Whenever a natural disaster impacts a community, a slew of operations are delayed. Homes may be out of power, there's a lack of food supply and travel is limited.
Regardless of whether the storm hits a dense urban area like New York City or a village like Stebbins, Alaska, it is pertinent that local governments have a continuity of operations plan in place to protect everyone who is affected.
Alaska continues to try to improve its continuity of operations strategy by proposing that the state establish emergency food banks in Fairbanks and Anchorage because 95 percent of the state's food supply is imported, the Alaska Dispatch reported. Moves to implement these food banks were denied last year.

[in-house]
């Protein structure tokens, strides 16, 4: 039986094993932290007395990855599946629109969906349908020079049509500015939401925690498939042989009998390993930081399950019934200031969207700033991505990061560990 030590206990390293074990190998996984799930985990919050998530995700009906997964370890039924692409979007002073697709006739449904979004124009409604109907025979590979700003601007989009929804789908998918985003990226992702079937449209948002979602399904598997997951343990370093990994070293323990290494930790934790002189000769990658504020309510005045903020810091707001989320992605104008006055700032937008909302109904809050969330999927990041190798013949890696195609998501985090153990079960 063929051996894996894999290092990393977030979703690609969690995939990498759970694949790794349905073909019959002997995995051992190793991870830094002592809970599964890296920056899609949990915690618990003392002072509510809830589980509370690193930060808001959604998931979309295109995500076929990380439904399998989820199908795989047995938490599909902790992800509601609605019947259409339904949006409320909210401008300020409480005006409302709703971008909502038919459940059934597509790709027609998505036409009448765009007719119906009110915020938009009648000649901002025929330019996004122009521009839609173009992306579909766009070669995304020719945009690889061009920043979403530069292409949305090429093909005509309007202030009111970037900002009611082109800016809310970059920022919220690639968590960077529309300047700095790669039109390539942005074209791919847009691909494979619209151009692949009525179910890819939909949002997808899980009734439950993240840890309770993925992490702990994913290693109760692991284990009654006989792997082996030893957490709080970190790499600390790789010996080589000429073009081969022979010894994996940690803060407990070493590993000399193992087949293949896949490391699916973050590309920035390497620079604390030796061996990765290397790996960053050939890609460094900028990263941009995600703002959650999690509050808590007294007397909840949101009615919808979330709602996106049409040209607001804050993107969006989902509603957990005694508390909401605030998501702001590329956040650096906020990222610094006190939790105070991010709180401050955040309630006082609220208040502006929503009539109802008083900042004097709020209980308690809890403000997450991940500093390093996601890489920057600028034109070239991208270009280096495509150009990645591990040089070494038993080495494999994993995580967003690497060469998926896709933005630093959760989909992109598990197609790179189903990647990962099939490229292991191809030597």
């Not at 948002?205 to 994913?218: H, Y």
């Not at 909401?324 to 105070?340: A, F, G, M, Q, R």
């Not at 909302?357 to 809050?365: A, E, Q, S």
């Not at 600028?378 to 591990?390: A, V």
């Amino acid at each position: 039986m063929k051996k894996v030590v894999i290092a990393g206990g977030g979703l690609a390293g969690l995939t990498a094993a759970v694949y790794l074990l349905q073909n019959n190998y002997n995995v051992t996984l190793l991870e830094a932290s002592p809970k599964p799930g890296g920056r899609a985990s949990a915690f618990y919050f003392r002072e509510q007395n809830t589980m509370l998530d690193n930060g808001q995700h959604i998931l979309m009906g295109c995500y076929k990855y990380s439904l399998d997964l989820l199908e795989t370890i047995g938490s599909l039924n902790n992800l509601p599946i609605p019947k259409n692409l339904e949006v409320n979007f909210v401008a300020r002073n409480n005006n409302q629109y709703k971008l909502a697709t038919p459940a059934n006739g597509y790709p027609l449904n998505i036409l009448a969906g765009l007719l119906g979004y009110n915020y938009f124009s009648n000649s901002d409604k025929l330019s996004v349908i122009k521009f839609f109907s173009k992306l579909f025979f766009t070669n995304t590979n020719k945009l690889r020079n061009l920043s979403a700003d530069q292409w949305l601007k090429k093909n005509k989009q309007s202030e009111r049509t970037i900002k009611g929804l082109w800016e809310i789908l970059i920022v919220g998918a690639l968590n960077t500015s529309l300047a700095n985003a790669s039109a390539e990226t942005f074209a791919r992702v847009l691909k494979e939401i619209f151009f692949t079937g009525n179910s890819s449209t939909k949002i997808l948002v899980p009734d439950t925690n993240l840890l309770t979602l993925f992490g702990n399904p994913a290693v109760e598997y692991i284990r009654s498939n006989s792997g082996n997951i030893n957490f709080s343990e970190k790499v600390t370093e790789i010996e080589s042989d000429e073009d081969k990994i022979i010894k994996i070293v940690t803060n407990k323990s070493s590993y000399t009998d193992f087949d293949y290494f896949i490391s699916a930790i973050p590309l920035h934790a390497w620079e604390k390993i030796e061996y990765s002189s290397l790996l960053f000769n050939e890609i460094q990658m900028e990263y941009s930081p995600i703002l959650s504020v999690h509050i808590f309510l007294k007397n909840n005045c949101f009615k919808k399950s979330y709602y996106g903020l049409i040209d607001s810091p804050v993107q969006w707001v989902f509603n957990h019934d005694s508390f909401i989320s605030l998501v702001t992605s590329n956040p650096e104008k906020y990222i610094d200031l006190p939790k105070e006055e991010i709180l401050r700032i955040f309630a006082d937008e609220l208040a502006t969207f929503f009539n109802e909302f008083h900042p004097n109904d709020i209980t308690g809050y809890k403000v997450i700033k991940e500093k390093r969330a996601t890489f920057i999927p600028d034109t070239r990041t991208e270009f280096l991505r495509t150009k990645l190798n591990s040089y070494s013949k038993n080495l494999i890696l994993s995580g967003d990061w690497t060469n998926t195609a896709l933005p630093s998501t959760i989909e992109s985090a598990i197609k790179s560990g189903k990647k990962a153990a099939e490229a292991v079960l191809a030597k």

Due to a directive from Alaska Governor Sean Parnnell, the state will begin building the emergency food cache. Parnell allocated $4.8 million and the government is seeking donations from vendors to house and provide these supplies.
The food sources in these areas are expected to provide 40,000 people with three meals per day for up to a week — at the minimum supplies have to last three days.
A single weather event can keep residents isolated for many days. The Dispatch described that an earthquake in 1964 disrupted Anchorage's ports for three to five days. In fact, last month's storms destroyed pipelines in Stebbins and Kotlik, which cut off local freshwater supplies.
"It's not a matter of if, but when a natural disaster will hit Alaska," Parnell's spokesperson Sharon Leighow wrote in a statement.
Business continuity consultants can help other territories develop a strategy that allows locals to bounce back from similar weather events.